When countries ratify the Convention on the Rights of the Child, then child rights become state responsibilities. And for the first time in an international human rights treaty, those rights and responsibilities now include economic rights such as the right to health care, nutrition, and education.
Professor Dasgupta has argued that "a need becomes a right when a society becomes capable of meeting that need, and when the need itself becomes basic to that which is required for human flourishing or well-being." UNICEF categorically disagrees with this statement. As far as UNICEF is concerned, rights exist independently of needs and all rights are equally sacrosanct.
It will nonetheless require many billions of dollars in investment to translate these rights into realities for the nearly 200 million children of the developing world who are malnourished, the 30% who do not complete even four years of schooling, and the estimated 20% who do not have access to basic medical care.
Recognizing this, article 4 of the Convention obliges countries to "undertake such measures to the maximum extent of their available resources and, where needed, within the framework of international cooperation."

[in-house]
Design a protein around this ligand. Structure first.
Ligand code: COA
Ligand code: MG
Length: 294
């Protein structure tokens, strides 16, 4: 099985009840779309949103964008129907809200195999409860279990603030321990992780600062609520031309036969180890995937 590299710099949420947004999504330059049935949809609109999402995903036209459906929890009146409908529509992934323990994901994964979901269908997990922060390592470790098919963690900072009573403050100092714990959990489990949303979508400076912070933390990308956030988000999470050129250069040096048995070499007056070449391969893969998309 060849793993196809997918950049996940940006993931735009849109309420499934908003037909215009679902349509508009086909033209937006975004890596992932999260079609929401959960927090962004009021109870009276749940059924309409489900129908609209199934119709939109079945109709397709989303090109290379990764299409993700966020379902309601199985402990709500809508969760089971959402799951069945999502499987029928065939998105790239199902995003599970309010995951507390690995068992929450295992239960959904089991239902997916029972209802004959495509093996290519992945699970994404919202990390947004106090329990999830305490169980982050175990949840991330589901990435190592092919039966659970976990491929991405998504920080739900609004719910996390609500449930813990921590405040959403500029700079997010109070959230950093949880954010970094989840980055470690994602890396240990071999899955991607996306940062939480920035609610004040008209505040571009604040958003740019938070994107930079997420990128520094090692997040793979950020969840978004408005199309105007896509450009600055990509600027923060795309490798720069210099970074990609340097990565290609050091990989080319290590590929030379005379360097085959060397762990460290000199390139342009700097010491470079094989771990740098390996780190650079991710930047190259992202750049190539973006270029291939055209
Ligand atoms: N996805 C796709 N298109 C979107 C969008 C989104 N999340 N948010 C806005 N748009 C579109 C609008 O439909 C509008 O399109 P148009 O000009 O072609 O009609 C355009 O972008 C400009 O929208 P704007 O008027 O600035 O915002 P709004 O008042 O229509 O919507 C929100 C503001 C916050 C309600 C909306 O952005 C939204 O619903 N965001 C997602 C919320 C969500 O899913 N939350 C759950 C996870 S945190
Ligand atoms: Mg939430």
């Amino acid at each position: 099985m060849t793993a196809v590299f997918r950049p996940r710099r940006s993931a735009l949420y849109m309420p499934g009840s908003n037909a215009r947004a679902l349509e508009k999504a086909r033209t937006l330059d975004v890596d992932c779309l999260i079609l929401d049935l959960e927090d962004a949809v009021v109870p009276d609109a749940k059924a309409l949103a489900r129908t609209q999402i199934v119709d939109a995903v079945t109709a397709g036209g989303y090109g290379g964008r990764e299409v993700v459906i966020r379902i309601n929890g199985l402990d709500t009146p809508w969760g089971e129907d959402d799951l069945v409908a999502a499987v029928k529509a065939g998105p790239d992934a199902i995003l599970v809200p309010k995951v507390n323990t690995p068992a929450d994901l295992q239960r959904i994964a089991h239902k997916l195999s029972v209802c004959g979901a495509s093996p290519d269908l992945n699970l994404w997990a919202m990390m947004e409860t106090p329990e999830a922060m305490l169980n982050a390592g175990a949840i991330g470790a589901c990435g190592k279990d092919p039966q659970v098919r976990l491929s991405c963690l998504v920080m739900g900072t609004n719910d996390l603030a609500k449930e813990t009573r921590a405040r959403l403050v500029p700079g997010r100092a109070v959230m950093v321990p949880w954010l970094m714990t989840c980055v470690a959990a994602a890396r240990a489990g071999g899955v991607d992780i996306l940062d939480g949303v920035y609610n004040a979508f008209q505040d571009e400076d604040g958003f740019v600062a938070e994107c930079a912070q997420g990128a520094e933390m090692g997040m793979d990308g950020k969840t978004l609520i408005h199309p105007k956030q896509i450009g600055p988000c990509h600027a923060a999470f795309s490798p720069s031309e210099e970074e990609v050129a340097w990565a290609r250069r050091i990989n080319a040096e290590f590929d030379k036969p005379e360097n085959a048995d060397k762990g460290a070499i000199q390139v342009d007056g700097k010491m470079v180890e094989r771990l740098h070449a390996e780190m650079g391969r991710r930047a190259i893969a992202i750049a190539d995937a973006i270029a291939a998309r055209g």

This means that all ratifying countries agree to give these rights a first call on national resources. It also means that the more economically advanced nations, if they have ratified the Convention, may assist in the guaranteeing of these rights wherever resources are lacking.
But how is this to be monitored? How can a society - its citizens, its media, its non-governmental organizations, its politicians - know if such rights are being fulfilled to the maximum extent of available resources?
The practical basis of any such evaluation can only be international comparison; a country with a child malnutrition rate of 40%, for example, cannot claim that it is guaranteeing its children's right to nutrition to the maximum extent of its available resources if a country with far fewer resources has a much lower rate of child malnutrition.
The following pages synthesize such comparisons by setting out National Performance Gaps in health, nutrition, and primary education for almost all countries. In each case, a country's actual performance is compared with the average that could be expected for that country's level of economic development. The gap between the actual level and the average level is the country's National Performance Gap (NPG), and can of course be either positive or negative. Although subject to the limitations of the data, the NPG is the only internationally comparable long-term measure of the extent to which countries are fulfilling their responsibilities in these key areas of the Convention on the Rights of the Child.
The phrase "within the framework of international cooperation", which commits more economically advanced nations to support children's rights wherever resources are lacking, presents a more difficult monitoring challenge.
For three decades, a fixed point in that framework has been the agreement that the industrialized nations should give at least 0.7% of their GNPs in official development assistance - a target accepted almost 30 years ago but currently met by only four countries.